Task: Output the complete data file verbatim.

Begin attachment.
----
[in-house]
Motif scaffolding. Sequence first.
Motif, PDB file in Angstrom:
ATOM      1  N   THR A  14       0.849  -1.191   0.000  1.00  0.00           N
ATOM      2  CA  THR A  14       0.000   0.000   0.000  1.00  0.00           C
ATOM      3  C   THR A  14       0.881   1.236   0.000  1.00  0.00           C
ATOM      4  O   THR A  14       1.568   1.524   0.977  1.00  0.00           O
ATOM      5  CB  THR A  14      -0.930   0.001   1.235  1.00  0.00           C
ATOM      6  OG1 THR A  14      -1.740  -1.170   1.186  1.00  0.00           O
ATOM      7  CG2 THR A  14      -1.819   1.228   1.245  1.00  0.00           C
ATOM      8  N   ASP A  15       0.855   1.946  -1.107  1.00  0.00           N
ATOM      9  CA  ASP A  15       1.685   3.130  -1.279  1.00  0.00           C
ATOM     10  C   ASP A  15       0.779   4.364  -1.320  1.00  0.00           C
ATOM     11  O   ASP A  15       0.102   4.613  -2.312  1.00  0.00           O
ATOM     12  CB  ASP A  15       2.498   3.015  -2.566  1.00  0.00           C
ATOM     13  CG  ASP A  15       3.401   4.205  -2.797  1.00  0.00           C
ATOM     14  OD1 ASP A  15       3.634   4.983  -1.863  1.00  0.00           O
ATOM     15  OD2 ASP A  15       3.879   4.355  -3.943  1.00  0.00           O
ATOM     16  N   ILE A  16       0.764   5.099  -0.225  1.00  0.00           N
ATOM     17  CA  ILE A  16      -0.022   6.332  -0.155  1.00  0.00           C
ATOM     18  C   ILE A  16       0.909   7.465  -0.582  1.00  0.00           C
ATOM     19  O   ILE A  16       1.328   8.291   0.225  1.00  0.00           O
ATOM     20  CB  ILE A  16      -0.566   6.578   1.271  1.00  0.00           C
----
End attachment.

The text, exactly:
[in-house]
Motif scaffolding. Sequence first.
Motif, PDB file in Angstrom:
ATOM      1  N   THR A  14       0.849  -1.191   0.000  1.00  0.00           N
ATOM      2  CA  THR A  14       0.000   0.000   0.000  1.00  0.00           C
ATOM      3  C   THR A  14       0.881   1.236   0.000  1.00  0.00           C
ATOM      4  O   THR A  14       1.568   1.524   0.977  1.00  0.00           O
ATOM      5  CB  THR A  14      -0.930   0.001   1.235  1.00  0.00           C
ATOM      6  OG1 THR A  14      -1.740  -1.170   1.186  1.00  0.00           O
ATOM      7  CG2 THR A  14      -1.819   1.228   1.245  1.00  0.00           C
ATOM      8  N   ASP A  15       0.855   1.946  -1.107  1.00  0.00           N
ATOM      9  CA  ASP A  15       1.685   3.130  -1.279  1.00  0.00           C
ATOM     10  C   ASP A  15       0.779   4.364  -1.320  1.00  0.00           C
ATOM     11  O   ASP A  15       0.102   4.613  -2.312  1.00  0.00           O
ATOM     12  CB  ASP A  15       2.498   3.015  -2.566  1.00  0.00           C
ATOM     13  CG  ASP A  15       3.401   4.205  -2.797  1.00  0.00           C
ATOM     14  OD1 ASP A  15       3.634   4.983  -1.863  1.00  0.00           O
ATOM     15  OD2 ASP A  15       3.879   4.355  -3.943  1.00  0.00           O
ATOM     16  N   ILE A  16       0.764   5.099  -0.225  1.00  0.00           N
ATOM     17  CA  ILE A  16      -0.022   6.332  -0.155  1.00  0.00           C
ATOM     18  C   ILE A  16       0.909   7.465  -0.582  1.00  0.00           C
ATOM     19  O   ILE A  16       1.328   8.291   0.225  1.00  0.00           O
ATOM     20  CB  ILE A  16      -0.566   6.578   1.271  1.00  0.00           C